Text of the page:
HC Deb 20 July 1953 vol 518 cc165-76

Motion made, and Question proposed, "That this House do now adjourn."— [Mr. Kaberry]

10.1 p.m.

Mr. David Llewellyn (Cardiff, North)

In raising the question of the re-naming of the schools in Glamorgan, I would make it clear at the start that I am citing Glamorgan because it is my native county and not because I wish to single out the Glamorgan Education Authority for special censure. As the Parliamentary Secretary will know, the Glamorgan authority has a fine educational record. I am not unmindful of its response to the Minister's policy last year and the cordiality with which it greeted her on her memorable visit to Cardiff when she opened six new schools.

Glamorgan is not the only local education authority to have made the renumbering of its schools the occasion for the re-naming of some of them. I believe some part of the education authorities in Wales have done so and it will be interesting to note the comparative figures for England, if they are available. But the question ought to be asked now, and I think should have been asked earlier, why these names should be changed at all. They are names which nearly always are as old as the schools themselves and very often as old as the hills around them.

The names should not have been changed at all without the fullest consultation with and the consent of the parish councils, certainly the district councils, and, in my view also the local branches of the N.U.T. and, where possible, the parents' associations. The procedure which has been followed quite faithfully whereby the divisional executive committees have made recommendations to the education authority who have in turn placed those recommendations before the Minister, has in my view been inadequate for two reasons.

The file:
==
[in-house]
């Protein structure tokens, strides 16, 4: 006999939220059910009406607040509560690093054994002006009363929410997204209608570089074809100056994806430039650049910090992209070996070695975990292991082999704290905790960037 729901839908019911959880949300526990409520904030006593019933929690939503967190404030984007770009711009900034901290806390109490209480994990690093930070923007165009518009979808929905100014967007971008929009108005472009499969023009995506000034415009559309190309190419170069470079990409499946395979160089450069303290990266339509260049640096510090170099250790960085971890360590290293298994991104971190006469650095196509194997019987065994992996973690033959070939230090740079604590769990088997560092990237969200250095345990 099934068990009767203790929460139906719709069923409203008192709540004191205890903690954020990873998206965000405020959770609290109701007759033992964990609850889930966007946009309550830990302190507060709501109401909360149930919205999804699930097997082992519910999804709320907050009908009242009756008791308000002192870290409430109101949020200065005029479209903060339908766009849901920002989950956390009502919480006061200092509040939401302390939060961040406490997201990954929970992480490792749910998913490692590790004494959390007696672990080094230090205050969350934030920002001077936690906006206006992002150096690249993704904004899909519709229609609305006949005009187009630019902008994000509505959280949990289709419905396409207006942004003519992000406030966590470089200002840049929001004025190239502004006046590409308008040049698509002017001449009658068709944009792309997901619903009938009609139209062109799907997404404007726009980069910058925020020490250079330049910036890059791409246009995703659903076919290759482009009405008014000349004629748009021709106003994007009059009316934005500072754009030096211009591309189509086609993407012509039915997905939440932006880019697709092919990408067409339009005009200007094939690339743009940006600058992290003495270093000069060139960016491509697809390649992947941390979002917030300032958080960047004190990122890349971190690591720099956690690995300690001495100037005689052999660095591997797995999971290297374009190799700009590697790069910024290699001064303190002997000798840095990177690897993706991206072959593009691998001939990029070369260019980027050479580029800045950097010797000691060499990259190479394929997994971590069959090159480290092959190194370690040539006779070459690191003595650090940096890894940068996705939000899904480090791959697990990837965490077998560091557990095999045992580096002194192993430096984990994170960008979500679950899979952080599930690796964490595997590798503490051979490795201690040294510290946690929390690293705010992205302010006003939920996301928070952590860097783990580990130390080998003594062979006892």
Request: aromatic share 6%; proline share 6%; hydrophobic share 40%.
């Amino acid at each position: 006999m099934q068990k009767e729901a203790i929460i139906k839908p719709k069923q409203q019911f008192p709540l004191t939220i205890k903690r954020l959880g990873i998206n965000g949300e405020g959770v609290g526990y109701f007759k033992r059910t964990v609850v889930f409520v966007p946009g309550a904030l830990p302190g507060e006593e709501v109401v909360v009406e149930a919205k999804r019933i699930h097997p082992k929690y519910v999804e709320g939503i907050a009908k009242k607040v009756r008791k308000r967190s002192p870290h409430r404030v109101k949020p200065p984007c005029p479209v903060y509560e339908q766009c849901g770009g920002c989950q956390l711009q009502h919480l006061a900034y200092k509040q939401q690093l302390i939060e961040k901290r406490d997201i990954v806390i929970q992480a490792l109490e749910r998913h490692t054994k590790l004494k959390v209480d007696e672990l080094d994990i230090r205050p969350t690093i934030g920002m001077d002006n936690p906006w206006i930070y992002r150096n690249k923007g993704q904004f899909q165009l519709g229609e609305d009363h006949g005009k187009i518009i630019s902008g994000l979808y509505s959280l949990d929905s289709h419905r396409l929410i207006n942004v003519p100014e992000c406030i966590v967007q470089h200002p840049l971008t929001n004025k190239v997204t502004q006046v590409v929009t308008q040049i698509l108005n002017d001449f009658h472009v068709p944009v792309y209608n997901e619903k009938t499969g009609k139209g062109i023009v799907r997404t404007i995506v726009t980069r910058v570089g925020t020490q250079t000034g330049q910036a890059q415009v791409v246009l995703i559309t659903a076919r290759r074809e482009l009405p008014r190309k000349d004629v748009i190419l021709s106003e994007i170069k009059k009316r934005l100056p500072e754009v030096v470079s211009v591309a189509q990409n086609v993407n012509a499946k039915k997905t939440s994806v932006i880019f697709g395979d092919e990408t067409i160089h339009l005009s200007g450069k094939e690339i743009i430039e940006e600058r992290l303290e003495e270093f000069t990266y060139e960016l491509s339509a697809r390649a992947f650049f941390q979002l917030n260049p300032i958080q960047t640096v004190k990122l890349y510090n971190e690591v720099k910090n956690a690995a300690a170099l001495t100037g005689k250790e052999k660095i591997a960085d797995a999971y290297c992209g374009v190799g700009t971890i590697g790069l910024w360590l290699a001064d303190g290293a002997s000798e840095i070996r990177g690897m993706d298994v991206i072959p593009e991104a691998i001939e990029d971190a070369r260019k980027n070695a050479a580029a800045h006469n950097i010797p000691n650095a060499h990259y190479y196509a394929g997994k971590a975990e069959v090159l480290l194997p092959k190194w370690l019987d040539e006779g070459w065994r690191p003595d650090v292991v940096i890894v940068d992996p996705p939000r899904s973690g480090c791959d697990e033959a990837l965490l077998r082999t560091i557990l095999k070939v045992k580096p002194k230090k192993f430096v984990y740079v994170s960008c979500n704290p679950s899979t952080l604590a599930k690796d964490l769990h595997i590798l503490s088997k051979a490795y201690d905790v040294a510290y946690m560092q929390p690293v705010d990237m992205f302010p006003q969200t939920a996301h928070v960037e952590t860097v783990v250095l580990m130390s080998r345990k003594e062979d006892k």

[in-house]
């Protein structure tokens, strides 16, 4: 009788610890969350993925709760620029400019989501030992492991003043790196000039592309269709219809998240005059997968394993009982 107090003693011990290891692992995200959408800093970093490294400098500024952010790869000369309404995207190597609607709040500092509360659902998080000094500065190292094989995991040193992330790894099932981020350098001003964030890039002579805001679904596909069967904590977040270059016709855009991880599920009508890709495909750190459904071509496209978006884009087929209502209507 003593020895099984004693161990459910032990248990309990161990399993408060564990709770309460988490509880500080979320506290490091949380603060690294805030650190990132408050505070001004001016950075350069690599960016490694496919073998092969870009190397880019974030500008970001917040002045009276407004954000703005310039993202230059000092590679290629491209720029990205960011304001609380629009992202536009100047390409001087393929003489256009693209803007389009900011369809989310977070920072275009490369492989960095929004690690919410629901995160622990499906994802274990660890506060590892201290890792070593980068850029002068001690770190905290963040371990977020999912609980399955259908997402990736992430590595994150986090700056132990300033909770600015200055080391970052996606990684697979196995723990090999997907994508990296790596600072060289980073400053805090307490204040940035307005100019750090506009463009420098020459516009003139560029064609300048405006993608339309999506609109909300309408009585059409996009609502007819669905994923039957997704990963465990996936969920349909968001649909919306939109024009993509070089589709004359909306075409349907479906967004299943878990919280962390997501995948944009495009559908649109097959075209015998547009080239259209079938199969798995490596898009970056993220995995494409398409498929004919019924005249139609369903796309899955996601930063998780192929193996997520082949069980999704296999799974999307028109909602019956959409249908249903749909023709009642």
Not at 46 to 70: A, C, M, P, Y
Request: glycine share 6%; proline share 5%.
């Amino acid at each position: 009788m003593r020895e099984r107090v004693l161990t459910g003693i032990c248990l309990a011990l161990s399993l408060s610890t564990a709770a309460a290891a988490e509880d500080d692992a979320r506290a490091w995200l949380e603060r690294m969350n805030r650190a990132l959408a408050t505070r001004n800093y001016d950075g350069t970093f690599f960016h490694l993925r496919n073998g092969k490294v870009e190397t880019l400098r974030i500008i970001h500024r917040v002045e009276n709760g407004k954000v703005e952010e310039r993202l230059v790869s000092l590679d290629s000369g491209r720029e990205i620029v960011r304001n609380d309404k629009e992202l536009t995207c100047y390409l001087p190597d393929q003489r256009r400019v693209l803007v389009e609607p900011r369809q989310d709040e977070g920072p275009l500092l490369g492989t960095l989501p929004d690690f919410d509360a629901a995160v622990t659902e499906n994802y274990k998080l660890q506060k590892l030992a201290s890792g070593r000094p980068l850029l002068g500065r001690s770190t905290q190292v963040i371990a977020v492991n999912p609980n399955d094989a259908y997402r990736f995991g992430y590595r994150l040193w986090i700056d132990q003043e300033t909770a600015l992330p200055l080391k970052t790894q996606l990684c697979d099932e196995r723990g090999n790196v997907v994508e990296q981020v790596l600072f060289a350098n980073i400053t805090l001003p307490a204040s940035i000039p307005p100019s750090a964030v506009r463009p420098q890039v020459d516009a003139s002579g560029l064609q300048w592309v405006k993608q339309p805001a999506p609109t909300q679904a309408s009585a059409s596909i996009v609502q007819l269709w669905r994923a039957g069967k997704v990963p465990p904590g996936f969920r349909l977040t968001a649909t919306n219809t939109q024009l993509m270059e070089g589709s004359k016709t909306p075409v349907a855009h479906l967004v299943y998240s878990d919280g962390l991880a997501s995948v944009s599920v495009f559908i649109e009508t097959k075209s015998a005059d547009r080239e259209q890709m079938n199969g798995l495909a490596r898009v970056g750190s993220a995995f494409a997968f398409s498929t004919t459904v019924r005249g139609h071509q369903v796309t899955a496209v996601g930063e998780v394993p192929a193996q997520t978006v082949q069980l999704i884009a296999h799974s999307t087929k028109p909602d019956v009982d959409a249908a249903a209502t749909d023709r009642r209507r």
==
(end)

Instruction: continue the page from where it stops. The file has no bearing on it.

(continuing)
First the divisional executive committees, though broadly representative of districts, are not representative of each parish or school. Secondly, their membership is often ill equipped for a task of this kind. It is quite true that they could, and no doubt many did, consult the Board of Celtic Studies though they were under no obligation to do so. But even when they did I would remind the hon. Gentleman with every respect to the Board of Celtic Studies and the work it does, that what is pleasing to the purist, what may be pleasing to the pedant and even more pleasing to the nationalist, may be very distasteful to the community as a whole. I do not subscribe to the theory, nor do I think would many hon. Members, that the man on the Board of Celtic Studies knows better what the people of Glamorgan want for their schools than the people know themselves.